CELA joined several environmental organizations in providing feedback to the Joint Great Lakes-St. Lawrence River Basin Water Resources Regional Body and Compact Council Procedures Update Team. Our suggestions aim to improve the diversion review process which must satisfy the underlying intent of the Great Lakes Compact. This is especially important after the Waukesha, Wisconsin, diversion request. We suggested improvements to the public involvement process; substantial written technical and policy justification if an application meets certain provisions of the Compact; improvements to the documentation of decision-making processes; transparency about how Regional Body members have come to consensus; and promulgation and adoption of formal rules governing the diversion application and review process.
Photo: Billy Wilson/Flickr
Ensuring safe drinking water for all Ontarians
Ontario’s Clean Water Act (CWA) sets out a detailed planning process that safeguards sources of drinking water against contamination or depletion. Twenty-two Source Protection Plans have now been approved under the CWA, and these plans are currently being implemented by public officials across the province. To date, however, the mandatory requirements of Source Protection Plans have only applied to wells or intakes supplying water to municipal drinking water systems. Since many Ontarians are not served by municipal water works, CELA prepared a brief calling upon the Ontario government to extend the CWA safety net to certain non-municipal drinking water systems.
Protecting the Rouge National Urban Park
CELA strongly supports the recent amendment to the Rouge National Urban Park Actwhich makes ecological integrity a priority in managing the park. Since Parks Canada is currently updating the Rouge National Urban Park Management Plan, we recommended that it meet or exceed ecological and watershed standards previously established under the Greenbelt Plan (2017), the Rouge Park Natural Heritage Action Plan, the Rouge North Management Plan, and the Rouge River Watershed Plan; meet or exceed Environment and Climate Change Canada’s recommendations for more than 50 per cent forest cover and 10 per cent wetland cover; and restore and protect the main 600-metre wide RNUP ecological corridor linking Lake Ontario to the Oak Ridges Moraine.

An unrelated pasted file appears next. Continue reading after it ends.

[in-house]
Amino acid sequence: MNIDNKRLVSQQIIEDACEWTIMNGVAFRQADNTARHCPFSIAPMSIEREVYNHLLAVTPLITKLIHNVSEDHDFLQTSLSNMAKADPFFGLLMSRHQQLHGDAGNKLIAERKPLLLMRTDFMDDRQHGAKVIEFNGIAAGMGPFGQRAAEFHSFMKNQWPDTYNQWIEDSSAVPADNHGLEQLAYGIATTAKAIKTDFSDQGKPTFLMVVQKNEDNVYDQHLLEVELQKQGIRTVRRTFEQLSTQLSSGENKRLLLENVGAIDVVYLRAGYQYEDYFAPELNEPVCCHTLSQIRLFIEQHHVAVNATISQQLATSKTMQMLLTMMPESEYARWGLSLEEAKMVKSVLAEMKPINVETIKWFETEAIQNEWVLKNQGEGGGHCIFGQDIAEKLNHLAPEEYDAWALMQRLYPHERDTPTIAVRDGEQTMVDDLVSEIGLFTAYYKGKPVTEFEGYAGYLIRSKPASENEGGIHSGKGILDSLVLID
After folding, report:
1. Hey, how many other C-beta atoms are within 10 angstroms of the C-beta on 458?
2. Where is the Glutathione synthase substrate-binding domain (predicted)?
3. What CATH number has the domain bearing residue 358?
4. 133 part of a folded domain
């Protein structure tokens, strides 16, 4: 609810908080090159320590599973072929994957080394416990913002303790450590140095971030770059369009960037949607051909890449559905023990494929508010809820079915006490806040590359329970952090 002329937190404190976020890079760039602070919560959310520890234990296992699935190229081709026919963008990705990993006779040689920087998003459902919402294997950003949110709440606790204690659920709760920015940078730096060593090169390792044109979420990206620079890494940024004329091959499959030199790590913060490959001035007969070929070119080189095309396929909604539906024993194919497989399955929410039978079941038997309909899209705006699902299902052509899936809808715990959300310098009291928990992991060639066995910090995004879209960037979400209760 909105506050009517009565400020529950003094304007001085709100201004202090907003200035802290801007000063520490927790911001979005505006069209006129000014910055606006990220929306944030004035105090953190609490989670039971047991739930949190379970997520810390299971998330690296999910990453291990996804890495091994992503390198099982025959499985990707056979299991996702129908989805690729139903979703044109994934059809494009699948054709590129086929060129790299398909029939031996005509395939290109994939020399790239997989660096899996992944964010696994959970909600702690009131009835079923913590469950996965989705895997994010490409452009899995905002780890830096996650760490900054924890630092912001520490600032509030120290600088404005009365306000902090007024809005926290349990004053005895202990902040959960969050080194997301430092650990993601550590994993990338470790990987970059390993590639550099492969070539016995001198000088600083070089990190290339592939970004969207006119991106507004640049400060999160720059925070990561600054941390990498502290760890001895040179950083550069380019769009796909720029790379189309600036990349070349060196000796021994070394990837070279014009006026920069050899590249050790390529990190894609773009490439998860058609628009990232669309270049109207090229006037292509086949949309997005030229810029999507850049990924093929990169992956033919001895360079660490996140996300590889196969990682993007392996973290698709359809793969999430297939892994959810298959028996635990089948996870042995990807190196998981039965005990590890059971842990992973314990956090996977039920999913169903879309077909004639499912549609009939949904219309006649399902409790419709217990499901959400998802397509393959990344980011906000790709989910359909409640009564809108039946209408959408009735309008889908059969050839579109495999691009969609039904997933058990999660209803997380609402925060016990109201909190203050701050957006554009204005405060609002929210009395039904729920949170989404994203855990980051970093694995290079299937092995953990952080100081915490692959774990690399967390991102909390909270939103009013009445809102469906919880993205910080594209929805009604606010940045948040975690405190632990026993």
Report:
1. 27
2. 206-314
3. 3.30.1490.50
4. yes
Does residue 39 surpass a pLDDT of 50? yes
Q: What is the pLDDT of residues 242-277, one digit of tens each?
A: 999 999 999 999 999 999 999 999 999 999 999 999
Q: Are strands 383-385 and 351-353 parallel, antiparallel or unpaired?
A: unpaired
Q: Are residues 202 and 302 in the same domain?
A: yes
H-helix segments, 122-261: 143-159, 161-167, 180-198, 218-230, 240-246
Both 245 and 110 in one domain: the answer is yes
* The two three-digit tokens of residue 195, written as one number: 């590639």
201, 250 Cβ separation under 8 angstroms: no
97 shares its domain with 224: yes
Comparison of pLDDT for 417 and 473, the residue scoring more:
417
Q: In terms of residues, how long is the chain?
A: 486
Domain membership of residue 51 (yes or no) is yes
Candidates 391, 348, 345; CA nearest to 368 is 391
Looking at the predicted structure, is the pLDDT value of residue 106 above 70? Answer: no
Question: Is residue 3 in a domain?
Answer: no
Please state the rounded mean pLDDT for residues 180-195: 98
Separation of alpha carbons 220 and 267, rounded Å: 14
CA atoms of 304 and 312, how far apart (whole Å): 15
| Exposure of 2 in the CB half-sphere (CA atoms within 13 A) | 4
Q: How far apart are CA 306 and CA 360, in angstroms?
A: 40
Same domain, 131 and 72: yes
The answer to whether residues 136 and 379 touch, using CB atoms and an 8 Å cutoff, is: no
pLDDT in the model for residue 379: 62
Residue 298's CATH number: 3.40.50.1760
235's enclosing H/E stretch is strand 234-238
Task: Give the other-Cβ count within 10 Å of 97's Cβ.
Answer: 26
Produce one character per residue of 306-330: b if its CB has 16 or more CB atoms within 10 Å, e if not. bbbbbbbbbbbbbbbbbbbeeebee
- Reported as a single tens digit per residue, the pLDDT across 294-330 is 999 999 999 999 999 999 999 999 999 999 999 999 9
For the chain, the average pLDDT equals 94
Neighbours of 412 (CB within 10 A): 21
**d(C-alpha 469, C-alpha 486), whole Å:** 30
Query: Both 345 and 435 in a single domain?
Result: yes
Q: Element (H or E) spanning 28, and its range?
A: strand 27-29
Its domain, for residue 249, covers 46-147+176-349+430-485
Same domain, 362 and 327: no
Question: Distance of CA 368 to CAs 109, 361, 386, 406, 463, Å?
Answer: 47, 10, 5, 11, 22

NGO submission regarding radionuclides and the NPRI
Over 60 NGOs–including over 40 Canadian, and over 20 US groups–supported a submission in response to the October 2017 decision by Environment and Climate Change Canada (ECCC) and Canadian Nuclear Safety Commission (CNSC) not to add radionuclides to the National Pollutant Release Inventory (NPRI) and to do so without soliciting public input. In 2013, NPRI Work Group members Anna Tilman and John Jackson had nominated radionuclides to be added to the NPRI. The NGO submission urges the ECCC to review its proposed position and grant a public consultation to review the nomination to add radionuclides to the NPRI
Photo: United Nations Photo/Flickr
Strengthening proposed Cumulative Effects Assessment in Air Approvals
CELA made several comments to the Ministry of the Environment and Climate Change (MOECC) about its proposed policy on Cumulative Effects Assessment in Air Approvals. We recommended that the ministry undertake a cumulative effects assessment of all existing facilities as well as new and expanding facilities which emit air emissions in Ontario; that it provide detailed guidance on how the cumulative effects policy will be integrated with the Environmental Activity and Sector Registry regime; that it expressly state that MOECC refuse the application if contaminants exceed their Ambient Air Quality Criteria; and that proposed cumulative effects assessment policy should apply province-wide, among others.
Welcoming proposed changes to Federal Fisheries Act
CELA welcomes the wide-ranging reforms to the Fisheries Act that were announced this month by federal Fisheries Minister Dominic LeBlanc. The proposed amendments to the Fisheries Act are contained in Bill C-68, which has now been introduced for First Reading in Parliament. “CELA is pleased to see that the federal government has taken an important step towards fixing and modernizing the Fisheries Act” said CELA lawyer Richard Lindgren.